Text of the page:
Marice Wolfe, of Nashville, the first woman to serve as Vanderbilt’s university archivist, died Jan. 3. She was 86.
Wolfe was born in Ohio and grew up in the Chicago area. She earned a bachelor of arts from Clarke College in Dubuque, Iowa, in 1956, a master of arts from Marquette University in Milwaukee in 1958, and a master of library science at Peabody College in 1977.
In 1973, Wolfe was hired to be head of Special Collections of the Jean and Alexander Heard Libraries at Vanderbilt. She had been teaching English for about 16 years at various colleges and universities and was looking for a career change. Her background in literature, especially American literature, appealed to the hiring committee who, at the time, were especially interested in building holdings on the Fugitives, an influential group of writers at Vanderbilt in the early 1920s. Two years later she became the first woman to be the university archivist, a position she held for 27 years.
In a 2005 interview for the Peabody Oral History Project, Wolfe commented on the beginnings of Vanderbilt’s Special Collections: “There was a rare book room always, a treasure room, on the eighth floor of the general library building. And even when the library was in Kirkland Hall, there was space devoted to the choice items.” Wolfe expanded the scope and size of the collections of treasures and choice items during her tenure at Vanderbilt, and she increased the size of the staff accordingly. She was in demand as a speaker and wrote articles on special collections and Southern literature. She was active in several professional organizations and, after retiring in 2000, she consulted with the Nashville Public Library on its Civil Rights Collection.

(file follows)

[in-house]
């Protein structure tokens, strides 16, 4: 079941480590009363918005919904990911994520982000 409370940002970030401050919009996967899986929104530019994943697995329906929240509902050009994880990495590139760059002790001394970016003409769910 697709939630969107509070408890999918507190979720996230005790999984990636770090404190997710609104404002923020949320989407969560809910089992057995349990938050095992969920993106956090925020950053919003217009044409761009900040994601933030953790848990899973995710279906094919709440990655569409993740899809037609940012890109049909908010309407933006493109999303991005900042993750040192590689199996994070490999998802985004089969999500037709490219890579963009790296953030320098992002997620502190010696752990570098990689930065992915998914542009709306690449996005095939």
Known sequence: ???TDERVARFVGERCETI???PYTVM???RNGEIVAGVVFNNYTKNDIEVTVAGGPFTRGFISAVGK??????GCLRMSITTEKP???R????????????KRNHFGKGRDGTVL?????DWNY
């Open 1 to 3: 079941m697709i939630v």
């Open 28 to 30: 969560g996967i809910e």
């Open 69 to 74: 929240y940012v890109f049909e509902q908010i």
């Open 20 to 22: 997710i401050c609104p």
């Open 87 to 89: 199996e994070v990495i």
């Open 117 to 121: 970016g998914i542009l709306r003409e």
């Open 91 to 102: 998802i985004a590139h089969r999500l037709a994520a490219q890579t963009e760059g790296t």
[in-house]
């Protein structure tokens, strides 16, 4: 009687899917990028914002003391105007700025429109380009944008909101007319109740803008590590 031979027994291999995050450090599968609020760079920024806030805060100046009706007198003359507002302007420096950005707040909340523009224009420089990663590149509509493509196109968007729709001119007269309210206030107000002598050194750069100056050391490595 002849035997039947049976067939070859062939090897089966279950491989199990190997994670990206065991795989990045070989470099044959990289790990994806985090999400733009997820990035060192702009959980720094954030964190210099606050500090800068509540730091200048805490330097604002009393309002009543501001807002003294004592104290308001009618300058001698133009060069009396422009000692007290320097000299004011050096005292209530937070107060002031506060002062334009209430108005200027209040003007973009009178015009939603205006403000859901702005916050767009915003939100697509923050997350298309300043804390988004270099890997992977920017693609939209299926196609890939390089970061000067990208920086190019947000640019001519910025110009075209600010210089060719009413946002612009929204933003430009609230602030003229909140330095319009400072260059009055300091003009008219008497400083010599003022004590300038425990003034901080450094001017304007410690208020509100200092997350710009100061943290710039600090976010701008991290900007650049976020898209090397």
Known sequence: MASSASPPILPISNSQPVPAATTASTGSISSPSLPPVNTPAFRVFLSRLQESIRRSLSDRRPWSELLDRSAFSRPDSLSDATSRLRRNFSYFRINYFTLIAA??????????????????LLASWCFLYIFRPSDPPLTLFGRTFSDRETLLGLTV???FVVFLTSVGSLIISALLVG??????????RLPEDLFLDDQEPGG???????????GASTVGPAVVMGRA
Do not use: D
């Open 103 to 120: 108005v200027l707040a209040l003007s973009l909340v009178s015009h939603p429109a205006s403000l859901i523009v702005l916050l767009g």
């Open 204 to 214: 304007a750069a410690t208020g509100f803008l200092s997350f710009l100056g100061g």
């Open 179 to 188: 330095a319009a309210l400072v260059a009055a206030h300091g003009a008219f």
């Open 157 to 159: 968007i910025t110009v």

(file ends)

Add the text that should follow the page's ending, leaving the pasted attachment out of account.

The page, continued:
She is survived by three sisters, nieces, nephews, great-nieces and great-nephews.